By Beth Lawrence
A Jackson County woman’s shopping spree may cost her dearly, not in terms of money but in terms of her freedom.
Mallory Yvonne Littlejohn, 34, of Sylva allegedly indulged in a little retail therapy using other people’s names, debit cards and banking information, according to Jackson County Sheriff’s Office Chief Deputy Matt Wike.
“The charges against Mallory Littlejohn arose from a joint investigation between the Sylva Police Department and the JCSO after a report was filed with our office regarding the defendant attempting to cash checks at the State Employees’ Credit Union banks in Sylva and Cullowhee,” Wike said.
Littlejohn was arrested for one count each of breaking and entering, larceny after breaking and entering, possession of stolen goods/property, two felony counts of conspiracy to obtain property by false pretense, eight felony counts of obtaining property by false pretense, eight felony counts of identity theft, 20 felony counts forgery of endorsement, 20 felony counts of uttering forged endorsement and three counts of failure to appear on two felonies and one misdemeanor.
Littlejohn allegedly used the identities and credit information of two others to finance her spending spree. The crime/shopping spree occurred over a period of two weeks from April 26 to May 7.
Using the debit card of Mikeala Hopkins, Littlejohn and another person dined out at South of Philly and Sonic to the tune of $74 and spent $281 on shoes at Shoe Show, according to arrest warrants.
Littlejohn was also able to lease $5,375.93 in merchandise at Aaron’s Rent to Own by using Russell McConnell’s name and credit information, Sylva Police Chief Chris Hatton said.
Littlejohn purchased a Nintendo Switch game console and game bundle, a PlayStation 4 game console, a Samsung tablet, a 65-inch smart TV, a JBL Bluetooth boombox, a six-piece DEWALT tool combo kit and a YETI cooler by forging McConnell’s name, according to arrest warrants.
McConnell was not aware of the purchases until Aaron’s reached out to him.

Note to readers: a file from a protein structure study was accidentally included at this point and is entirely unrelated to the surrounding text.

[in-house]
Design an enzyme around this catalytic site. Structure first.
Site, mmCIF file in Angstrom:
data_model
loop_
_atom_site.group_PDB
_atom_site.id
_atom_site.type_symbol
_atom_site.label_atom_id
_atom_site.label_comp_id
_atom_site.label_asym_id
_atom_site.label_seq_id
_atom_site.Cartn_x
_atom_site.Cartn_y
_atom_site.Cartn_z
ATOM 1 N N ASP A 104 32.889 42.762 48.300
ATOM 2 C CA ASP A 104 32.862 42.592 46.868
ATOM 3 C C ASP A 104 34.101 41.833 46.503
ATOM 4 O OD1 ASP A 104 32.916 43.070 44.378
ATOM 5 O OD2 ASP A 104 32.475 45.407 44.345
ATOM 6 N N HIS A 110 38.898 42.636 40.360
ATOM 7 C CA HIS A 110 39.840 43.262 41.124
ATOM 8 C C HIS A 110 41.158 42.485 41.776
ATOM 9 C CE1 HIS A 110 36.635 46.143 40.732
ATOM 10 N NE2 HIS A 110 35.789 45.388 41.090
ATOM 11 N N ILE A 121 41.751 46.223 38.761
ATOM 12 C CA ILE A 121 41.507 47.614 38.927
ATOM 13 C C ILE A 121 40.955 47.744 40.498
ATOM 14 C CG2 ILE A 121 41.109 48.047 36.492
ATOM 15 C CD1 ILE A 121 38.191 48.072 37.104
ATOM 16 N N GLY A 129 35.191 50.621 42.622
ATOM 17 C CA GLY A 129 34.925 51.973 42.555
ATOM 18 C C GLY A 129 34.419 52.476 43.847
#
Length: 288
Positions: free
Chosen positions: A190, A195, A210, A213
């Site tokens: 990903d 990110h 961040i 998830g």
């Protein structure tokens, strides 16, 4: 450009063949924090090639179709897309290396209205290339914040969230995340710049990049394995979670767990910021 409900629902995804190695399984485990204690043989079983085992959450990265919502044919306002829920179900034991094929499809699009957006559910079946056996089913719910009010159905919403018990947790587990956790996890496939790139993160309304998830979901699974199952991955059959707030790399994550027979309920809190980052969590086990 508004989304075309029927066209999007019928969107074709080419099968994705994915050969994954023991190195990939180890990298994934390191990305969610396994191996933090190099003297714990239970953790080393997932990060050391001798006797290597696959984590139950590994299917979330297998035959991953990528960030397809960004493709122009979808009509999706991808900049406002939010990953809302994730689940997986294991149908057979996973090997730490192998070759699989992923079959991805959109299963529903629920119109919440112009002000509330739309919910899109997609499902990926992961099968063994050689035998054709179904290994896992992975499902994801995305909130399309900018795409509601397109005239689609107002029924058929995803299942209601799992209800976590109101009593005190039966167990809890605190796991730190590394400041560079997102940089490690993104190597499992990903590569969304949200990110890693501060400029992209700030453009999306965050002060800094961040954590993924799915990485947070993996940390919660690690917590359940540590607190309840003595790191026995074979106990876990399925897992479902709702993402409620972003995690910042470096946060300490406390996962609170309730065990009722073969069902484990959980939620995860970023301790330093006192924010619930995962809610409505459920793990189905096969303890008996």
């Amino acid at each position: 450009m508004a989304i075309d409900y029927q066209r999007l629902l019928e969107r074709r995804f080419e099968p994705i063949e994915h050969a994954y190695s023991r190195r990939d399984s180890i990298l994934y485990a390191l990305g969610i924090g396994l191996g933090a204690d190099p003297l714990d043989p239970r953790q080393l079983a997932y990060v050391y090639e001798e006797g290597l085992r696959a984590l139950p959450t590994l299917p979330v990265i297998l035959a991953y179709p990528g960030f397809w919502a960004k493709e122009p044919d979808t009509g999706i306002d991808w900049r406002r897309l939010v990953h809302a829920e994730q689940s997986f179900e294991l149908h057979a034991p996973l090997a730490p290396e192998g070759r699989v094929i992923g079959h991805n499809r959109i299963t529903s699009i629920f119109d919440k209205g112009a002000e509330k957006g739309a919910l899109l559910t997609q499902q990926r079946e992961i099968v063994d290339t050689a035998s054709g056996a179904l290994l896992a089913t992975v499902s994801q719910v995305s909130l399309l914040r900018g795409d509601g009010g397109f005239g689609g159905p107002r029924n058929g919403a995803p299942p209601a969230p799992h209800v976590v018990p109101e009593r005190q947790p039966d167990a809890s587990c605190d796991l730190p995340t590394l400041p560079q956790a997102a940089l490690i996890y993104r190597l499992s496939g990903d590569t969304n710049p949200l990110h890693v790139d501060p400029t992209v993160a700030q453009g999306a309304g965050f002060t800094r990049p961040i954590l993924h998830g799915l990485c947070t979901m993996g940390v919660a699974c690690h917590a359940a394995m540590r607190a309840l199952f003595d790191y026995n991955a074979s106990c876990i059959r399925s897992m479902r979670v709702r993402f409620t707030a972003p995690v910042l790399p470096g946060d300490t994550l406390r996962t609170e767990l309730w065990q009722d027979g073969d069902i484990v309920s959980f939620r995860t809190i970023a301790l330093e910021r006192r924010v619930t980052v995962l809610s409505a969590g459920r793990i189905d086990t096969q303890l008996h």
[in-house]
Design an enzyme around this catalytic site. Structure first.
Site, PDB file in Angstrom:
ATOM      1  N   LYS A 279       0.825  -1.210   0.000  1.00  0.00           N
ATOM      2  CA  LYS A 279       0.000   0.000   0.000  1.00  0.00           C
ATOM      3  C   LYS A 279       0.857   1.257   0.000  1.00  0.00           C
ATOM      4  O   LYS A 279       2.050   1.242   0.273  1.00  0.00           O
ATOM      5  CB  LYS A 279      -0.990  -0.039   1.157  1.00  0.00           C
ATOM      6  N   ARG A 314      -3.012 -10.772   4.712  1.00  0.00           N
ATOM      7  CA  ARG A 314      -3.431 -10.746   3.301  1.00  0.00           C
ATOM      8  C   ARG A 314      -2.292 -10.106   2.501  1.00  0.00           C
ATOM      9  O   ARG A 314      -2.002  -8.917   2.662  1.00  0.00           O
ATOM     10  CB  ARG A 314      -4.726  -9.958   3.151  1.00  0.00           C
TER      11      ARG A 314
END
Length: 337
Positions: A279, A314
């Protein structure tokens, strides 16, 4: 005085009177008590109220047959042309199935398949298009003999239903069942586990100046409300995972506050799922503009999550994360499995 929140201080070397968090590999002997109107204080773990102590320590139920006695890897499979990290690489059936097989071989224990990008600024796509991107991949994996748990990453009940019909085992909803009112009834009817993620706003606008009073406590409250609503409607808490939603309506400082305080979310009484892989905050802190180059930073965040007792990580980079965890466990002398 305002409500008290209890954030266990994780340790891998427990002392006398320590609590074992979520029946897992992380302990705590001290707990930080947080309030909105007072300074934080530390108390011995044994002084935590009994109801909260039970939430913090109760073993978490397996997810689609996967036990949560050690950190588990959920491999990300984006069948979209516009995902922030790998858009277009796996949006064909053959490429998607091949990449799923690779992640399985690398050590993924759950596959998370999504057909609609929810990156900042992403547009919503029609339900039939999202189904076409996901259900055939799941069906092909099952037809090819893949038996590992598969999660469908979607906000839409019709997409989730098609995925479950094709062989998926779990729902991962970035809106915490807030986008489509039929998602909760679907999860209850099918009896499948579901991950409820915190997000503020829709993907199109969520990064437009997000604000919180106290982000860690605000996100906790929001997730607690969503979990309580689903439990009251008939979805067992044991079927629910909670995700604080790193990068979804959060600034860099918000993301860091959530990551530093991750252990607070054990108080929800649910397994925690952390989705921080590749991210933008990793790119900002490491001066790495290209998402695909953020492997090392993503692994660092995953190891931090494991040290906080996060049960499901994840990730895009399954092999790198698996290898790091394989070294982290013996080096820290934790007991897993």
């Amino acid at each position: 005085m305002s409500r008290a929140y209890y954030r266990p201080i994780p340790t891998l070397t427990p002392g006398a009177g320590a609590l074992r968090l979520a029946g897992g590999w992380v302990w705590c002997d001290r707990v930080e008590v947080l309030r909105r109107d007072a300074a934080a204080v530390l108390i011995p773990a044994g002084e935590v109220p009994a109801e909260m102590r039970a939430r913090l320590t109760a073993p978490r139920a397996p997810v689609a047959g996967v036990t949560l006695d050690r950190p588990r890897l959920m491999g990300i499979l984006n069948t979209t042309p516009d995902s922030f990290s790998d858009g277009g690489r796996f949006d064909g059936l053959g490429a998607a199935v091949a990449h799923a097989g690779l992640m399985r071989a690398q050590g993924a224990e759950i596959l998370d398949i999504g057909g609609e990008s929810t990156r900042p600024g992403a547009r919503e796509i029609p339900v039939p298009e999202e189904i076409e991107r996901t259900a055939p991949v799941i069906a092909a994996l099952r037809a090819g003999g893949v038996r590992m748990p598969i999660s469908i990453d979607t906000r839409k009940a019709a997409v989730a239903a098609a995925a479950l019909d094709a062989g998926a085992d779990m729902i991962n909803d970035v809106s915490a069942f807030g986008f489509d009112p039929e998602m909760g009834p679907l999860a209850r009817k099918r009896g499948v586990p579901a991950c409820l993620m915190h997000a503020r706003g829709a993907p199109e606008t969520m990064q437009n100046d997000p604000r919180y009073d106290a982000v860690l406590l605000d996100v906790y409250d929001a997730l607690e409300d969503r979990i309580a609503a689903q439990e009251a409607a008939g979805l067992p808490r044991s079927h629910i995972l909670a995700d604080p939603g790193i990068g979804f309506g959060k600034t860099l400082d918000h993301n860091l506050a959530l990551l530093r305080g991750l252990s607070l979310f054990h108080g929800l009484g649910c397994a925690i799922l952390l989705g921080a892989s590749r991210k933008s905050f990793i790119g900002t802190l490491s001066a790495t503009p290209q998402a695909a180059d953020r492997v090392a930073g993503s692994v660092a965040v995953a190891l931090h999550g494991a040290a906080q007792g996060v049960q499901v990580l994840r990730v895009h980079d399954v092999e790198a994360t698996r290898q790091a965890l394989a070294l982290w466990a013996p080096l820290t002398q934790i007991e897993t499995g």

“He was notified by Aaron’s when there was no payment made,” Hatton said.
Aaron’s was unable to recover any of the items Littlejohn leased.
The forgery and uttering charges stem in part from Littlejohn signing her victim’s name to various lease agreements, delivery receipts and assorted other lease-related documents at the rental company.
Authorities do not know if Littlejohn was acquainted with her victims.
Hatton does not expect additional charges in relation to these incidents.
Forgery of endorsement, or signature, on documents for the purposes of fraud is a Class I felony, according to North Carolina General statute 14-120. It is punishable by a prison sentence of three to 12 months. Uttering a forged endorsement is also a Class I felony carrying the same punishment. In most cases, identity theft is a Class G felony punishable by eight to 31 months in prison. Obtaining property by false pretense is a Class H felony if the value is less than $100,000 and is punishable by a four to 25-month prison sentence.
There are a few steps people can take to protect themselves against this type of fraud.
“Obtain credit reports regularly, sign up for some type of protection, LifeLock or Experian,” Hatton said. “Also make sure to keep track of all financial cards and records.”
Littlejohn is being held in Jackson County Detention Center under a $1.6 million bond.
She has previously served probation and a short prison sentence for similar crimes allegedly committed between 2013 to 2018 including obtaining property by false pretense, possession of stolen goods, larceny, possession of a Schedule II controlled substance and worthless checks.